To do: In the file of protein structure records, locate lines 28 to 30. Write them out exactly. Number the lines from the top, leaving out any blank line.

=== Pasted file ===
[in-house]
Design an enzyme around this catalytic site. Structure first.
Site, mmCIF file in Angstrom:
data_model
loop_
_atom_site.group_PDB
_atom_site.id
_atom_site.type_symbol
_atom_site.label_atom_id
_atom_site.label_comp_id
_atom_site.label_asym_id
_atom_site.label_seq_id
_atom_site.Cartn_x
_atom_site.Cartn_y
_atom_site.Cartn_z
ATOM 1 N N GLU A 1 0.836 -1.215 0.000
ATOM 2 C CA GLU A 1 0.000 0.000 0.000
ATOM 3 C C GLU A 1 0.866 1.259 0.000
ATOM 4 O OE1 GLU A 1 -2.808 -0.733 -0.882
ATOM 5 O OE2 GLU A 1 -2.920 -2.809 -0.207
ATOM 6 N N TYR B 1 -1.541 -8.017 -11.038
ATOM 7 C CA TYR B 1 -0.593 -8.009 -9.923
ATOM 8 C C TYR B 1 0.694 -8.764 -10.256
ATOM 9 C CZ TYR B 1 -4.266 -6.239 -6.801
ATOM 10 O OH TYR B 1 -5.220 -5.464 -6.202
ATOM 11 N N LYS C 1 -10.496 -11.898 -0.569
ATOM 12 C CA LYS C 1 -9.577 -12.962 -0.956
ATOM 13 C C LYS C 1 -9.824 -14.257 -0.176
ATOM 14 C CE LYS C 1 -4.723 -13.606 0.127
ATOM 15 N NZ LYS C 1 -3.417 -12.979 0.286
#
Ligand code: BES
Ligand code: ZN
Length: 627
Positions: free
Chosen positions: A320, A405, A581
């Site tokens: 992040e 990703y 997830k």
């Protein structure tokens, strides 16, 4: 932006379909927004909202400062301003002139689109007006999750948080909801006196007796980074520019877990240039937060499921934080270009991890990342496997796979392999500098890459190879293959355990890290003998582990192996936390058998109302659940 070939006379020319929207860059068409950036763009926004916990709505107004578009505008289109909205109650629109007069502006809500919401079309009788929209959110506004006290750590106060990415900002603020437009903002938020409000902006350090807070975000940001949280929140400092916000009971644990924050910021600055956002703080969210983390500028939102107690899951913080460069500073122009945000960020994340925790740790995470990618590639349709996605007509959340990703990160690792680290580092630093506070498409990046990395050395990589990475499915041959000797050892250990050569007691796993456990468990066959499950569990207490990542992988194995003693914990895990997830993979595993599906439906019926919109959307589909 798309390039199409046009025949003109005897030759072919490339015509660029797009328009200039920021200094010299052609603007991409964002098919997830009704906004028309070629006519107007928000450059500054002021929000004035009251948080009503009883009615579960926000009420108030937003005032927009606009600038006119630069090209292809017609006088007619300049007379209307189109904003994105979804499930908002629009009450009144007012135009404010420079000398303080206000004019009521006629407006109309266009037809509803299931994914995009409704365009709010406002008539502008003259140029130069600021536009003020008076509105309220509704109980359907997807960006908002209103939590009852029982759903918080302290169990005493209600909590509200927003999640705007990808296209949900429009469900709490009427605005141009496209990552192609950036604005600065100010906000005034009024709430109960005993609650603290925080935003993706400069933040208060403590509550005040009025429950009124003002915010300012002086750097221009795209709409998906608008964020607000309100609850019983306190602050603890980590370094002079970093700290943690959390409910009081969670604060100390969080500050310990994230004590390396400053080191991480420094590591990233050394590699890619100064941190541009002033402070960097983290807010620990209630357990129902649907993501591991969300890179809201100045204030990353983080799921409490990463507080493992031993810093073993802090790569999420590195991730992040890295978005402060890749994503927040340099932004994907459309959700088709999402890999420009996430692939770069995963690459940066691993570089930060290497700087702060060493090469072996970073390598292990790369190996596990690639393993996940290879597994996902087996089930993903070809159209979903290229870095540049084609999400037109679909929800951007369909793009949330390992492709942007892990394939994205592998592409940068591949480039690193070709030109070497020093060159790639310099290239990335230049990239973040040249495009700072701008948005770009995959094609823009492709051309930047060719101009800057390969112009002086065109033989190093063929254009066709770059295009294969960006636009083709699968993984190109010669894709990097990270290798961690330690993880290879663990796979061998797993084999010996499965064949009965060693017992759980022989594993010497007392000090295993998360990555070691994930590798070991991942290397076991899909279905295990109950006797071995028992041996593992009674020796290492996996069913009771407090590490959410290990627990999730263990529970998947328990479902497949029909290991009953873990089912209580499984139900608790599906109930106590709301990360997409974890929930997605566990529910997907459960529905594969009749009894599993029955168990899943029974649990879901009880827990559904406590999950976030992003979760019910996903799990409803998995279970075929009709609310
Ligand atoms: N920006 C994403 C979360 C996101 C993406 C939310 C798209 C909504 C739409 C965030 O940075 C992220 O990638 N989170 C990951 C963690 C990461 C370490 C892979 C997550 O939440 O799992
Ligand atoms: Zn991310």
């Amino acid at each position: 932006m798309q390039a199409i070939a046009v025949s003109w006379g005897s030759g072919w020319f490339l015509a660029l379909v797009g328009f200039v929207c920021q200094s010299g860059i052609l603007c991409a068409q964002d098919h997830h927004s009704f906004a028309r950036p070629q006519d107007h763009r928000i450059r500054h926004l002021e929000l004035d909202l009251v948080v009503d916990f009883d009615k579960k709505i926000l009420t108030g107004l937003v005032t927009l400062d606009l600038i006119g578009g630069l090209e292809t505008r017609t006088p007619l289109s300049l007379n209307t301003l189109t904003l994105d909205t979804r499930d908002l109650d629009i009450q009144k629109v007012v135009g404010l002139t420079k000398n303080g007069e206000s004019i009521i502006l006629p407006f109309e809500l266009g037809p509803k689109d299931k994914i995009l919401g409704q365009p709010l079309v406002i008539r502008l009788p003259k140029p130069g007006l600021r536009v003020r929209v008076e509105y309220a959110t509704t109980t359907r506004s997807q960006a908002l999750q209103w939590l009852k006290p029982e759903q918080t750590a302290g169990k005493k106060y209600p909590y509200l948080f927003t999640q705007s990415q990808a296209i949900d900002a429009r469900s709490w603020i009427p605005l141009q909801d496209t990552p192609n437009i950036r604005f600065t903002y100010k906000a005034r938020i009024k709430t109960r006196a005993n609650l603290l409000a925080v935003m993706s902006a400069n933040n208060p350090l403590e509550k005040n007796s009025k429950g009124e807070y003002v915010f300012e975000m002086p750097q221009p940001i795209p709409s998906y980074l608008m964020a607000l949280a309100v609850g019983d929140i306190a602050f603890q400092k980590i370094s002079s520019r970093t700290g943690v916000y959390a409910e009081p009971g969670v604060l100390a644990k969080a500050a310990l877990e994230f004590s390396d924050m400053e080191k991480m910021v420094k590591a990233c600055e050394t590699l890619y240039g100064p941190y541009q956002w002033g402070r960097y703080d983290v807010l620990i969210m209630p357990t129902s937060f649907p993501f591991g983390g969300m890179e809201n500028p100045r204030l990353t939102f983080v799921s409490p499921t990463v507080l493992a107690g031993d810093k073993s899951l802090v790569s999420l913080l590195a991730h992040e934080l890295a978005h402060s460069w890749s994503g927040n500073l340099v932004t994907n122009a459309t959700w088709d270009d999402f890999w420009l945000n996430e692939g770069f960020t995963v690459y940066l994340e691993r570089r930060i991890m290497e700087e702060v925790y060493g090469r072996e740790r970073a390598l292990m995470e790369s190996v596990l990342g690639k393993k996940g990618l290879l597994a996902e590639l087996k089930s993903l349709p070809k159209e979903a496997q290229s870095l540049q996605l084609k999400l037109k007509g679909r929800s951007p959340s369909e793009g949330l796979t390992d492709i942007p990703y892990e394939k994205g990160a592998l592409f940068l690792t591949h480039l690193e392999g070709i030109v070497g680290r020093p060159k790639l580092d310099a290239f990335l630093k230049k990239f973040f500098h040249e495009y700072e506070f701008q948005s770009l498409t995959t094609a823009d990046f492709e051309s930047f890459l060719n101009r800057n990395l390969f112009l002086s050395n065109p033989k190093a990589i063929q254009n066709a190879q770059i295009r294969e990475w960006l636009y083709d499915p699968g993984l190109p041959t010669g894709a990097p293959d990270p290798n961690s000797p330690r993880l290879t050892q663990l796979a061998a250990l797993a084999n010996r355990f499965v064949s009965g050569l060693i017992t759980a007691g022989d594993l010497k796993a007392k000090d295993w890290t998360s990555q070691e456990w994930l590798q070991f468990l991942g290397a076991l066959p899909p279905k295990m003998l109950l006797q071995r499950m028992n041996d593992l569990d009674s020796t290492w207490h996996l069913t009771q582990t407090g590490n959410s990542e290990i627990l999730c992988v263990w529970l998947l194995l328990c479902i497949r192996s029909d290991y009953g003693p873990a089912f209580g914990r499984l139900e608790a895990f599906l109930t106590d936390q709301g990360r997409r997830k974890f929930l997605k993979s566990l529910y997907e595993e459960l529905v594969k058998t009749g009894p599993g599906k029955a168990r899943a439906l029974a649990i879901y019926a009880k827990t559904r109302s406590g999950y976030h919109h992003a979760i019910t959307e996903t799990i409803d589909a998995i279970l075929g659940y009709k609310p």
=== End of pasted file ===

ATOM 13 C C LYS C 1 -9.824 -14.257 -0.176
ATOM 14 C CE LYS C 1 -4.723 -13.606 0.127
ATOM 15 N NZ LYS C 1 -3.417 -12.979 0.286